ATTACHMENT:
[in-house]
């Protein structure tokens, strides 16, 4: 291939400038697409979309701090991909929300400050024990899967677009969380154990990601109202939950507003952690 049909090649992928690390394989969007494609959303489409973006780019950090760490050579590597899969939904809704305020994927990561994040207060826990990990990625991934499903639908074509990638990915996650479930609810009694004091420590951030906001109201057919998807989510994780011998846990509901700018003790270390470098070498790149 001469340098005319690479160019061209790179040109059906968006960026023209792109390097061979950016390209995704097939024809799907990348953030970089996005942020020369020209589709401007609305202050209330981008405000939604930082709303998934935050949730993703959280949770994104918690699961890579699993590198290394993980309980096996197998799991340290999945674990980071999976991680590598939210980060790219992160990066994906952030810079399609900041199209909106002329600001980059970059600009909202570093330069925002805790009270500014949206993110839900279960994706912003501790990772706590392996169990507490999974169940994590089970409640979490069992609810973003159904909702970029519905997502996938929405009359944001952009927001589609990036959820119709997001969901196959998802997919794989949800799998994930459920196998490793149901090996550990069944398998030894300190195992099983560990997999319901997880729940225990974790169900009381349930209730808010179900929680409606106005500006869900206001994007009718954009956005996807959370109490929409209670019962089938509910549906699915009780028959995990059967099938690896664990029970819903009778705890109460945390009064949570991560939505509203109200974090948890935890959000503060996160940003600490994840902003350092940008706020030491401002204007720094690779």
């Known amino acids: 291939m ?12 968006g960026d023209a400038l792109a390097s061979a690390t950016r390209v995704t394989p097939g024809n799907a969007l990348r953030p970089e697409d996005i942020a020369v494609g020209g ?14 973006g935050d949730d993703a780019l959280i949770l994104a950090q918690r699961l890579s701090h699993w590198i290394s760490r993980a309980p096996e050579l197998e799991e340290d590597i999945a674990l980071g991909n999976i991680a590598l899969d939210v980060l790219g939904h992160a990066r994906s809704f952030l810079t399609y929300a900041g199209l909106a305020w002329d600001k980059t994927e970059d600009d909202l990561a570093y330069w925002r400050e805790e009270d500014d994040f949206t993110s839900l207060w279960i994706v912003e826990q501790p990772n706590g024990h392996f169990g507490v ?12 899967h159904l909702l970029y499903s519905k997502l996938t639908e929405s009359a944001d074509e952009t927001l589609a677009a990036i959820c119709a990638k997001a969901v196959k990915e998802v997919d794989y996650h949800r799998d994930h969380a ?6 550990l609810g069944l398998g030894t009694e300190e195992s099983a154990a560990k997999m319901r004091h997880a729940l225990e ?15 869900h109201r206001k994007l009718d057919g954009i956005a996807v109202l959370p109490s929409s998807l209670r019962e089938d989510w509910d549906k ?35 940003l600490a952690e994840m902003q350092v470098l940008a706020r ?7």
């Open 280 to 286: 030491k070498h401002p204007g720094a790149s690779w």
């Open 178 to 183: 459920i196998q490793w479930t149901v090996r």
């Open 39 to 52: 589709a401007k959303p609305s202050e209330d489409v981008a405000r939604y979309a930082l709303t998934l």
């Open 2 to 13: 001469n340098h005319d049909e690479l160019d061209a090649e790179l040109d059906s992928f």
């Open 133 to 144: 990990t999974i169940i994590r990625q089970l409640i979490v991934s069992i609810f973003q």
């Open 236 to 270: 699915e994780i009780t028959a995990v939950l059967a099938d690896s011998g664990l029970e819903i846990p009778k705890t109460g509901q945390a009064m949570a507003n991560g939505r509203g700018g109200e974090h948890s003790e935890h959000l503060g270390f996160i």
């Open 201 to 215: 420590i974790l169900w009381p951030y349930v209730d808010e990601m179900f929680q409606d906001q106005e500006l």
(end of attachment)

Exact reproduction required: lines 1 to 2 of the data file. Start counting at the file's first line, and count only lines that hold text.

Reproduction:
[in-house]
């Protein structure tokens, strides 16, 4: 291939400038697409979309701090991909929300400050024990899967677009969380154990990601109202939950507003952690 049909090649992928690390394989969007494609959303489409973006780019950090760490050579590597899969939904809704305020994927990561994040207060826990990990990625991934499903639908074509990638990915996650479930609810009694004091420590951030906001109201057919998807989510994780011998846990509901700018003790270390470098070498790149 001469340098005319690479160019061209790179040109059906968006960026023209792109390097061979950016390209995704097939024809799907990348953030970089996005942020020369020209589709401007609305202050209330981008405000939604930082709303998934935050949730993703959280949770994104918690699961890579699993590198290394993980309980096996197998799991340290999945674990980071999976991680590598939210980060790219992160990066994906952030810079399609900041199209909106002329600001980059970059600009909202570093330069925002805790009270500014949206993110839900279960994706912003501790990772706590392996169990507490999974169940994590089970409640979490069992609810973003159904909702970029519905997502996938929405009359944001952009927001589609990036959820119709997001969901196959998802997919794989949800799998994930459920196998490793149901090996550990069944398998030894300190195992099983560990997999319901997880729940225990974790169900009381349930209730808010179900929680409606106005500006869900206001994007009718954009956005996807959370109490929409209670019962089938509910549906699915009780028959995990059967099938690896664990029970819903009778705890109460945390009064949570991560939505509203109200974090948890935890959000503060996160940003600490994840902003350092940008706020030491401002204007720094690779």